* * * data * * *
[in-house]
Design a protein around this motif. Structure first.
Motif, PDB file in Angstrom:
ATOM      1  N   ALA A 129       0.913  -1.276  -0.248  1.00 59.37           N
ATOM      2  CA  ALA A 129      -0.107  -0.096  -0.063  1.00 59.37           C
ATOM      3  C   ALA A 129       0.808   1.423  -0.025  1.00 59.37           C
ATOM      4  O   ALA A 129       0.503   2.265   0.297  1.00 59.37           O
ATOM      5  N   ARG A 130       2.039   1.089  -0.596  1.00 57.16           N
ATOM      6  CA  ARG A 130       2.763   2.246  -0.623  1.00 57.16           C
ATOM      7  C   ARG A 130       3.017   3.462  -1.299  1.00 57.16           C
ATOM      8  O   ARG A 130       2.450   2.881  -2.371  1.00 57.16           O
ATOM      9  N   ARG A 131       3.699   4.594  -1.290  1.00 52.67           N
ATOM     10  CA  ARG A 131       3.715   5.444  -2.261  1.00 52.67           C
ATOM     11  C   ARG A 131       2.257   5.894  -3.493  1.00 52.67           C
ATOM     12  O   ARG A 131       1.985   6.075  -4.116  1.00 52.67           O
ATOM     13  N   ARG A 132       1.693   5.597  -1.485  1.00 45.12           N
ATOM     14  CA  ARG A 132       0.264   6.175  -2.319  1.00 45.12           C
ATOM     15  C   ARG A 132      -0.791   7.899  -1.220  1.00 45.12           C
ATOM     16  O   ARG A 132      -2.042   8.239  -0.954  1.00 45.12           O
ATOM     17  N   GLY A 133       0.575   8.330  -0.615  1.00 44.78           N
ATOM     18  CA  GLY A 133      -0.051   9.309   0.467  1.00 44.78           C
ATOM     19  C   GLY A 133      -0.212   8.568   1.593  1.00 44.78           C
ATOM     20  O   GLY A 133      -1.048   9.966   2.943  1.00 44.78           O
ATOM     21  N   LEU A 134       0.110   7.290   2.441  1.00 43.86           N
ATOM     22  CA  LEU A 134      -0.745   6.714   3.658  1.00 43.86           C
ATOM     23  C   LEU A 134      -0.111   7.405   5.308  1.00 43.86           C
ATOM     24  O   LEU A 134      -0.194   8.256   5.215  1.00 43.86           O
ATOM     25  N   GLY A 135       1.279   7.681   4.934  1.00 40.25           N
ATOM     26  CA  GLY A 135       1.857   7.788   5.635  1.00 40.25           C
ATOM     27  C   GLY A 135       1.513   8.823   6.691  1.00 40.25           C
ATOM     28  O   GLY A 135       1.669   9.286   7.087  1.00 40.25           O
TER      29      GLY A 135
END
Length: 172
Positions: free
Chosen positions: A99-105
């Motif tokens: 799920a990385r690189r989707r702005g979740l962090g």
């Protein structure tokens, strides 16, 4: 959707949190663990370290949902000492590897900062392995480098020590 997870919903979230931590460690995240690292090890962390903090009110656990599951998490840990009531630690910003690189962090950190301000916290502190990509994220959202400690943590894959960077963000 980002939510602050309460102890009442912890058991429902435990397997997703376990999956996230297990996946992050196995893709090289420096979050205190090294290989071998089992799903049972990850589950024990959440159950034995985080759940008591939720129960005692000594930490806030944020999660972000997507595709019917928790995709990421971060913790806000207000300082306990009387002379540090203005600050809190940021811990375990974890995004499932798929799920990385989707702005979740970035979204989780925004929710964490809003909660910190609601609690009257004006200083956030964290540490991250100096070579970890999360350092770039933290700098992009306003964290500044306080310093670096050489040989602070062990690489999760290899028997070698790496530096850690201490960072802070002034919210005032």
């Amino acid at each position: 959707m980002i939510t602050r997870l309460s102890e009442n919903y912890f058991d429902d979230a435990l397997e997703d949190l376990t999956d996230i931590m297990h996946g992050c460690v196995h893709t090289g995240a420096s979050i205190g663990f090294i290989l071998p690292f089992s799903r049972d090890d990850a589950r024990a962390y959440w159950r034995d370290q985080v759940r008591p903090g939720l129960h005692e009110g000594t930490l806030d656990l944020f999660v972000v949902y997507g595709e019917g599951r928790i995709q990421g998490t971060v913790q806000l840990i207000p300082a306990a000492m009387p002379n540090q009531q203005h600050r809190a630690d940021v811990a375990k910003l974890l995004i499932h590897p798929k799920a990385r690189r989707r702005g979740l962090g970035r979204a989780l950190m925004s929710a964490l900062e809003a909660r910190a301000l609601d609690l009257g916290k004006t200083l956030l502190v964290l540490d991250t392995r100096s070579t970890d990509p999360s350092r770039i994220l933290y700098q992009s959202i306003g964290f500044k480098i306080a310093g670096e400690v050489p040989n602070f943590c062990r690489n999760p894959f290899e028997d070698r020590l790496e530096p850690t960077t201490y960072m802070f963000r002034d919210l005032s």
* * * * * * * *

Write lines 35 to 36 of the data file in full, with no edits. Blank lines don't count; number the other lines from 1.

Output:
Positions: free
Chosen positions: A99-105